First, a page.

Yesterday Geron announced that they would be discontinuing their embryonic stem cell program, including the groundbreaking spinal cord injury trial that CIRM had been supporting. You can read more about the decision in Geron's announcement and in CIRM's press release. Geron has returned the $6.4 million they had received from CIRM with accrued interest.
It's not uncommon for companies to discontinue research programs for financial reasons. What makes this announcement different is the high-profile nature of the company and the trial. Geron was the first to pave a path through the Food and Drug Administration (FDA) to test a human embryonic stem cell-derived product in clinical trials. The trial was seen as a sign of hope for people waiting for therapies derived from embryonic stem cells, so its termination came as a shock to many patients and their families.
Today we wanted to take a step back and look at the announcement and what it means.
Q. What was Geron testing in their spinal cord injury trial?
A. Geron started with human embryonic stem cells and matured them into the precursor of type of cell that forms the coating on neurons. That coating is lost soon after a spinal cord injury, and without the coating electrical signals can't travel up and down the spine. The idea was that after injecting some of these precursor cells they would mature and form a new coating on the spinal cord neurons, restoring the ability of signals to cross the injury site.
This first trial was in its early stages and was testing a low dose of the cells to make sure they are safe. Remember that when this trial began the cells had only been tested in animals. Only after the company showed that the cells were safe would they be able to inject a dose that was expected to be high enough to show some signs of success.
Q. Why did Geron decide to discontinue the stem cell program?
A. The company decided to focus its resources on two oncology drugs that are in clinical trials. The decision was made based on financial considerations, not based on concerns about the science. Such a move is relatively common for biotechnology companies especially during the complex early-phase clinical trials such as this one.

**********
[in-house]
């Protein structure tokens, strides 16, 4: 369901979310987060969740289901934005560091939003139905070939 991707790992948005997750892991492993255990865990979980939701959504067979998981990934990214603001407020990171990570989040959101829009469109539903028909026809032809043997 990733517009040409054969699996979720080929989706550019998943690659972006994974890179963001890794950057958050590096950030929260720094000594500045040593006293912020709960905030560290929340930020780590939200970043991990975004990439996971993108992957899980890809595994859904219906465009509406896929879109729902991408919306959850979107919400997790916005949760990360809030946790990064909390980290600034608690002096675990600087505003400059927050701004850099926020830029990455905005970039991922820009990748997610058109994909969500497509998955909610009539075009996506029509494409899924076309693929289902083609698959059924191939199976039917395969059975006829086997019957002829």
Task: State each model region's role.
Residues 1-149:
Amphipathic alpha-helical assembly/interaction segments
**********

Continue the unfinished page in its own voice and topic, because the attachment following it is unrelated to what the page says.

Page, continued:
Q. What does Geron’s decision mean for the field of stem cell research?
A. The field of stem cell research continues to be strong, with many promising therapies in the pipeline. Geron leaving the field does not alter the existing excellent programs that are working toward and carrying out clinical trials.
Q. What will happen to the patients who already received the cells?
A. Geron has been closely following the patients who have received the cells. So far, the patients have tolerated their injections and haven't shown any serious adverse effects from the cells. The company says it will continue monitoring those patients and keeping the FDA appraised of the results.
Q. Will the trial continue?
A. For now, the trial is discontinued. Geron says they are looking for partners to further develop their stem cell programs. Whether or not the trial continues depends on whether partners come forward with the resources and the interest in continuing it.
Q. What happened to CIRM's money?
A. CIRM had committed $24.8 million to support the trial, of which $6.4 had been dispersed. Geron has already returned the money in its entirety with accrued interest.
Q. Are there other trials testing products made from embryonic stem cells?
A. Yes. The company Advanced Cell Technology is testing an embryonic stem cell-derived product in two forms of blindness: macular degeneration and Stargardt's disease. They have already begun enrolling patients in those trials.
Q. What other trials are in the pipeline to test embryonic stem cells?
A. World-wide, many groups are moving closer to clinical trials testing cells derived from embryonic stem cells. CIRM has funded four disease teams that have the goal of submitting a request to the FDA to move forward with clinical trials (that request is also known as an Investigational New Drug or IND filing). Those disease teams are working on diabetes, stroke, macular degeneration and ALS (also known as Lou Gehrig's disease).